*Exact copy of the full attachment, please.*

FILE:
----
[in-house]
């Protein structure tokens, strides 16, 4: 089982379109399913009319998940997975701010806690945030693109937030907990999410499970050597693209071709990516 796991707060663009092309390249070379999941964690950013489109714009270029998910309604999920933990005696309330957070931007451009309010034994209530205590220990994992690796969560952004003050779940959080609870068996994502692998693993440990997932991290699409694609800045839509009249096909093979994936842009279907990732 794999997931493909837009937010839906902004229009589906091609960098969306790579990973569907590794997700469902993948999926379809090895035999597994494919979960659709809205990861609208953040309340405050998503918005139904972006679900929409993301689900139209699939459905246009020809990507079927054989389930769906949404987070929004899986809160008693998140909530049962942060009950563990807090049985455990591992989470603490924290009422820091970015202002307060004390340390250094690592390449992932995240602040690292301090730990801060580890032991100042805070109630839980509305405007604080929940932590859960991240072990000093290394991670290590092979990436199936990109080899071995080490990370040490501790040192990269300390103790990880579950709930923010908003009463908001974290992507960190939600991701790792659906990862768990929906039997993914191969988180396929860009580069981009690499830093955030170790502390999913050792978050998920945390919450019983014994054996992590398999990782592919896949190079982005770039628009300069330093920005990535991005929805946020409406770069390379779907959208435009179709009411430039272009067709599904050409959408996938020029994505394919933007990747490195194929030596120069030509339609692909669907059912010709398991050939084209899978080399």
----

[in-house]
């Protein structure tokens, strides 16, 4: 089982379109399913009319998940997975701010806690945030693109937030907990999410499970050597693209071709990516 796991707060663009092309390249070379999941964690950013489109714009270029998910309604999920933990005696309330957070931007451009309010034994209530205590220990994992690796969560952004003050779940959080609870068996994502692998693993440990997932991290699409694609800045839509009249096909093979994936842009279907990732 794999997931493909837009937010839906902004229009589906091609960098969306790579990973569907590794997700469902993948999926379809090895035999597994494919979960659709809205990861609208953040309340405050998503918005139904972006679900929409993301689900139209699939459905246009020809990507079927054989389930769906949404987070929004899986809160008693998140909530049962942060009950563990807090049985455990591992989470603490924290009422820091970015202002307060004390340390250094690592390449992932995240602040690292301090730990801060580890032991100042805070109630839980509305405007604080929940932590859960991240072990000093290394991670290590092979990436199936990109080899071995080490990370040490501790040192990269300390103790990880579950709930923010908003009463908001974290992507960190939600991701790792659906990862768990929906039997993914191969988180396929860009580069981009690499830093955030170790502390999913050792978050998920945390919450019983014994054996992590398999990782592919896949190079982005770039628009300069330093920005990535991005929805946020409406770069390379779907959208435009179709009411430039272009067709599904050409959408996938020029994505394919933007990747490195194929030596120069030509339609692909669907059912010709398991050939084209899978080399």